One weekend recently, I asked Sam to decide what he wanted for our Saturday evening dinner. The weekends are my time to get in the kitchen and experiment, and that weekend I wasn’t feeling very inspired. So I let him pick. And, my meat-and-potato-loving husband chose steak. Of course.
On the upside, he chose a recipe from Ad Hoc at Home, one of my favorite cookbooks lately. Even though Sam played it safe with a steak recipe, he chose one by Thomas Keller — and I couldn’t argue with that logic.
The recipe is really about the marinade. Warming the marinade on the stove caused the flavors from the herbs to mingle together and blend harmoniously. The delightful aroma of the olive oil, garlic, and herbs filled the kitchen. Keller’s recipe calls for skirt steak, but since Sam couldn’t find it at our grocery, he bought strip steak instead. In reality, any cut of steak would be fine for this recipe. We marinated the steak for about 4 hours and, though we thought about grilling the steaks, I decided to follow Keller’s method of starting on the stovetop then finishing in the oven.
The verdict? Simple – it was a great steak. The meat was perfectly tender, and I could taste hints of rosemary, garlic, and thyme from the marinade. Next time, I might try marinating the steak for longer – just to see what the difference in flavor is – and I might have my husband grill the steaks instead. After all, if he chooses the recipe, he should do a bit of the work, right?
Ad Hoc Marinated Strip Steak
Only slightly tweaked from Thomas Keller's Ad Hoc at Home recipe on page 53. Instead of skirt steak, I used strip steak. I also cut down the amount of steak from six servings to two servings.
Ingredients for Marinade:
6 thyme sprigs
2 eight-inch rosemary sprigs
4 small bay leaves
1 tablespoon black peppercorns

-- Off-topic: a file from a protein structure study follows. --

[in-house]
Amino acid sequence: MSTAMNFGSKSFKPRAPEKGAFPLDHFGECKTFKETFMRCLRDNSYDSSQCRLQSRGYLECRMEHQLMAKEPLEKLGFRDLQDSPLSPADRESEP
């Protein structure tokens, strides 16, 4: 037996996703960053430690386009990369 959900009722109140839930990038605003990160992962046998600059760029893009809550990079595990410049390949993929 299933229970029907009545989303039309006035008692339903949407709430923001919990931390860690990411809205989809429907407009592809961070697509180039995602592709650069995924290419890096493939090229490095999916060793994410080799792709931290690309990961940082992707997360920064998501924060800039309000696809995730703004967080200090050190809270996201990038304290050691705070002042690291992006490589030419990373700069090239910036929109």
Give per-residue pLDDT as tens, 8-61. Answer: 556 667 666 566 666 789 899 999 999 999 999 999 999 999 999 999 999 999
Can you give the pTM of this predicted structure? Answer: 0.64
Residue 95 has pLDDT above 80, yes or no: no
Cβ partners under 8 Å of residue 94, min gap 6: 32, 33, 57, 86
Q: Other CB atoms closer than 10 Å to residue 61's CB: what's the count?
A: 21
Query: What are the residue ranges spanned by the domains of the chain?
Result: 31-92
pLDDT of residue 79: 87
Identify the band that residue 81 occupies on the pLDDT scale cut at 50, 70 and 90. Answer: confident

5 garlic cloves, smashed, skin left on
2 cups extra virgin olive oil
Two 8 ounce steaks [We used strip steak, but you can use whatever cut you like.]
Freshly ground black pepper
2 tablespoons unsalted butter
4 thyme sprigs
2 garlic cloves, smashed, skin left on
Combine the thyme, rosemary, bay leaves, peppercorns, garlic, and oil in a medium saucepan and bring to a simmer over medium heat. Remove from the heat and let the marinade cool to room temperature.
Trim steaks of any excess fat and discard. Cut the steaks crosswise into 2 to 3 equal pieces, depending on the size of the steaks. Put the steaks in a resealable plastic bag, add the marinade, and seal, squeezing out any excess air. Marinate for at least 4 hours or up to 24 hours, in the refrigerator.
Remove the meat from the marinade and let sit at room temperature for about 30 minutes before cooking. Discard the marinade. Dry the meat with paper towels. Season with salt and pepper.
Preheat the oven to 350 degrees; set a roasting rack in a roasting pan. (For this step I used a cooling rack like this one set in a half sheet pan.)
Heat some canola oil in a large frying pan over high heat. (Have a splatter screen ready.) When the oil shimmers, add half the meat and quickly brown the first side. Turn the meat and, working quickly, add 1 tablespoon of butter, 2 thyme sprigs, and 1 garlic clove, and brown the meat on the second side, basting constantly; the entire cooking process should only take about 1 1/2 minutes. Transfer the meat to the roasting rack and spoon the butter, garlic, and thyme over the top. Wipe the pan, and repeat with the remaining steaks.
Transfer the roasting rack and pan (or cooling rack and half sheet pan) to the oven and cook for 8 to 10 minutes, or until the center of the meat registers 125 degrees. Remove from oven and let the meat rest on the rack in a warm place for about 10 minutes for medium-rare. (I cooked mine until a temperature of about 135 since I like my steak more on the medium side.) Serve, garnishing steaks with the garlic and thyme.